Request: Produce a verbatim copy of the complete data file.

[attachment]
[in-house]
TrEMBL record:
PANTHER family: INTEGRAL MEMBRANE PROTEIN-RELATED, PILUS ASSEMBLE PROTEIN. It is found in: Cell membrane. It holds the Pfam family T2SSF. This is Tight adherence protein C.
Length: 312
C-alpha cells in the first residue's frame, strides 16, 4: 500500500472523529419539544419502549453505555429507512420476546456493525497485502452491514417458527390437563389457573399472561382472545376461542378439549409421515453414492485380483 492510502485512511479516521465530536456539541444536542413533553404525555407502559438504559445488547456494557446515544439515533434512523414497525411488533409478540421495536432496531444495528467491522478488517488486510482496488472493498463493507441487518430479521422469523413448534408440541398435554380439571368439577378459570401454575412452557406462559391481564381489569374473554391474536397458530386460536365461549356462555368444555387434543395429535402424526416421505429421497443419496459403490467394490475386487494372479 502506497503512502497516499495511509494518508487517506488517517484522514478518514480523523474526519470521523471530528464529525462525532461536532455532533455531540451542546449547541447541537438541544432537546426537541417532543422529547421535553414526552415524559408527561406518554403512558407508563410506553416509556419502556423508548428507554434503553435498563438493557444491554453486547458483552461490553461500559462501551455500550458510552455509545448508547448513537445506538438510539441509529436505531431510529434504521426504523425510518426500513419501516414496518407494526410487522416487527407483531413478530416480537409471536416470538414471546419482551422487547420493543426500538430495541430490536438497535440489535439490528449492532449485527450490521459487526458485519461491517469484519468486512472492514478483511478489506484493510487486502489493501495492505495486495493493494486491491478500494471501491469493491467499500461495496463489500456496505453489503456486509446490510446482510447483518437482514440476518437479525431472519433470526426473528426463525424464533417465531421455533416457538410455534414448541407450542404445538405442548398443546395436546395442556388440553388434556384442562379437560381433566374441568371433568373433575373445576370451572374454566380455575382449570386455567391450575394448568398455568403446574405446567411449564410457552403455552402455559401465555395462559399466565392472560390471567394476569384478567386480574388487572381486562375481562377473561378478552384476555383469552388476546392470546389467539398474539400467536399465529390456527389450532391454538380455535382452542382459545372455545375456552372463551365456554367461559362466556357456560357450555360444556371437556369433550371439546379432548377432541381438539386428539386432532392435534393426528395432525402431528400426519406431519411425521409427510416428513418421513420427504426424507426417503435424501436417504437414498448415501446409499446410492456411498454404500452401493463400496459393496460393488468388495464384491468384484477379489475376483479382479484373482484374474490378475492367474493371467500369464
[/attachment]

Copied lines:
[in-house]
TrEMBL record:
PANTHER family: INTEGRAL MEMBRANE PROTEIN-RELATED, PILUS ASSEMBLE PROTEIN. It is found in: Cell membrane. It holds the Pfam family T2SSF. This is Tight adherence protein C.
Length: 312
C-alpha cells in the first residue's frame, strides 16, 4: 500500500472523529419539544419502549453505555429507512420476546456493525497485502452491514417458527390437563389457573399472561382472545376461542378439549409421515453414492485380483 492510502485512511479516521465530536456539541444536542413533553404525555407502559438504559445488547456494557446515544439515533434512523414497525411488533409478540421495536432496531444495528467491522478488517488486510482496488472493498463493507441487518430479521422469523413448534408440541398435554380439571368439577378459570401454575412452557406462559391481564381489569374473554391474536397458530386460536365461549356462555368444555387434543395429535402424526416421505429421497443419496459403490467394490475386487494372479 502506497503512502497516499495511509494518508487517506488517517484522514478518514480523523474526519470521523471530528464529525462525532461536532455532533455531540451542546449547541447541537438541544432537546426537541417532543422529547421535553414526552415524559408527561406518554403512558407508563410506553416509556419502556423508548428507554434503553435498563438493557444491554453486547458483552461490553461500559462501551455500550458510552455509545448508547448513537445506538438510539441509529436505531431510529434504521426504523425510518426500513419501516414496518407494526410487522416487527407483531413478530416480537409471536416470538414471546419482551422487547420493543426500538430495541430490536438497535440489535439490528449492532449485527450490521459487526458485519461491517469484519468486512472492514478483511478489506484493510487486502489493501495492505495486495493493494486491491478500494471501491469493491467499500461495496463489500456496505453489503456486509446490510446482510447483518437482514440476518437479525431472519433470526426473528426463525424464533417465531421455533416457538410455534414448541407450542404445538405442548398443546395436546395442556388440553388434556384442562379437560381433566374441568371433568373433575373445576370451572374454566380455575382449570386455567391450575394448568398455568403446574405446567411449564410457552403455552402455559401465555395462559399466565392472560390471567394476569384478567386480574388487572381486562375481562377473561378478552384476555383469552388476546392470546389467539398474539400467536399465529390456527389450532391454538380455535382452542382459545372455545375456552372463551365456554367461559362466556357456560357450555360444556371437556369433550371439546379432548377432541381438539386428539386432532392435534393426528395432525402431528400426519406431519411425521409427510416428513418421513420427504426424507426417503435424501436417504437414498448415501446409499446410492456411498454404500452401493463400496459393496460393488468388495464384491468384484477379489475376483479382479484373482484374474490378475492367474493371467500369464